1/3 espresso, 1/3 milk, 1/3 foam, layered in a bigger cup. A typical breakfast drink, be prepared for the “well, you must be a foreigner” look if you order one at any other time of the day.

*Tip: To tell a good cappuccino from a bad one, pour some sugar over the foam. If it sinks through, you’re at the wrong café. If it rests on top, you’re golden.

Order this kind of Italian coffee if you…’re someone who likes to dip pastries or cookies inside.

cappuccino making an italian art
Photo by Taylor Franz on Unsplash

Caffè Macchiato (cahf-FEH mahk-kee-AHT-oh) or Macchiato Caldo (mahk-kee-AHT-oh CAL-doh)

A shot of espresso “stained” with a quick pour of steamed milk

  • Macchiato Freddo (mahk-kee-AHT-oh FREHD-doh): The same drink, “stained” with cold milk, or sometimes served with a carafe of cold milk on the side.
  • Macchiatone (mahk-kee-AHT-oh-Neh): This big macchiato is served in a big cup, so it contains more milk than a macchiato.

Order this kind of Italian coffee if you… think a regular espresso is a bit too strong, or you normally can’t drink coffee without a little cream.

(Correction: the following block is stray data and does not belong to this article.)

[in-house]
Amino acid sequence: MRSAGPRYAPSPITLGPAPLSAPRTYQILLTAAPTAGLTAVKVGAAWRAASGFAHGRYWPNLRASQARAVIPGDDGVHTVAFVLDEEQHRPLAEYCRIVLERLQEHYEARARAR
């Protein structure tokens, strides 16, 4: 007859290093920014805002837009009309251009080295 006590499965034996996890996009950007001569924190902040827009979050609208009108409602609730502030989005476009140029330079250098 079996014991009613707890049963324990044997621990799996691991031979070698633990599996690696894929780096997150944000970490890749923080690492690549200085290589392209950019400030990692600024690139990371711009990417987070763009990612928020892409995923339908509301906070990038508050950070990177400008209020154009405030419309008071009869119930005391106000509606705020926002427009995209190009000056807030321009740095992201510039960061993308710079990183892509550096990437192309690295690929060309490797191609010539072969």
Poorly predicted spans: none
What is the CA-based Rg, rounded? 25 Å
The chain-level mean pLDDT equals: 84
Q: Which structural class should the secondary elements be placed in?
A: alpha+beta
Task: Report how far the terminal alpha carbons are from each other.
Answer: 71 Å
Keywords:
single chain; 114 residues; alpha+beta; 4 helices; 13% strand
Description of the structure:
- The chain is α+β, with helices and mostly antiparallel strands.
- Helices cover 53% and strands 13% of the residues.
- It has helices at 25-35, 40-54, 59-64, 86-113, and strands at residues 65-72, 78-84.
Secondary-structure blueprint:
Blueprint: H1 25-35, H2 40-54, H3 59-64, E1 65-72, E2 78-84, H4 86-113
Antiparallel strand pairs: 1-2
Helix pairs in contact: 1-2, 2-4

Latte Macchiato (LAHT-teh mahk-kee-AHT-oh)

A big glass of frothed milk “stained” with a shot of espresso poured on top. Basically, the opposite of a Caffè Macchiato.

  • Caffè Latte (cahf-FEH LAHT-teh): Equal portions of steamed milk and coffee, typically served in a larger porcelain cup. Pretty much a Latte Macchiato, but with more coffee flavor (or a cappuccino without the foam).

*Tip 1: “Latte” means milk in Italian. Make sure you order one of the above options if you want the milk and coffee drink commonly called a “latte” in America. If you just want a cup of milk, by all means, ask for a “latte.”

*Tip 2: Don’t ask for “skinny,” “soy,” “lowfat,” “nonfat,” or “skim” versions of milky drinks in Italy. In 99% of Italian coffee bars, your only option is whole milk. Embrace its rich, creaminess and know that the extra calories are all but cancelled out thanks to small serving sizes.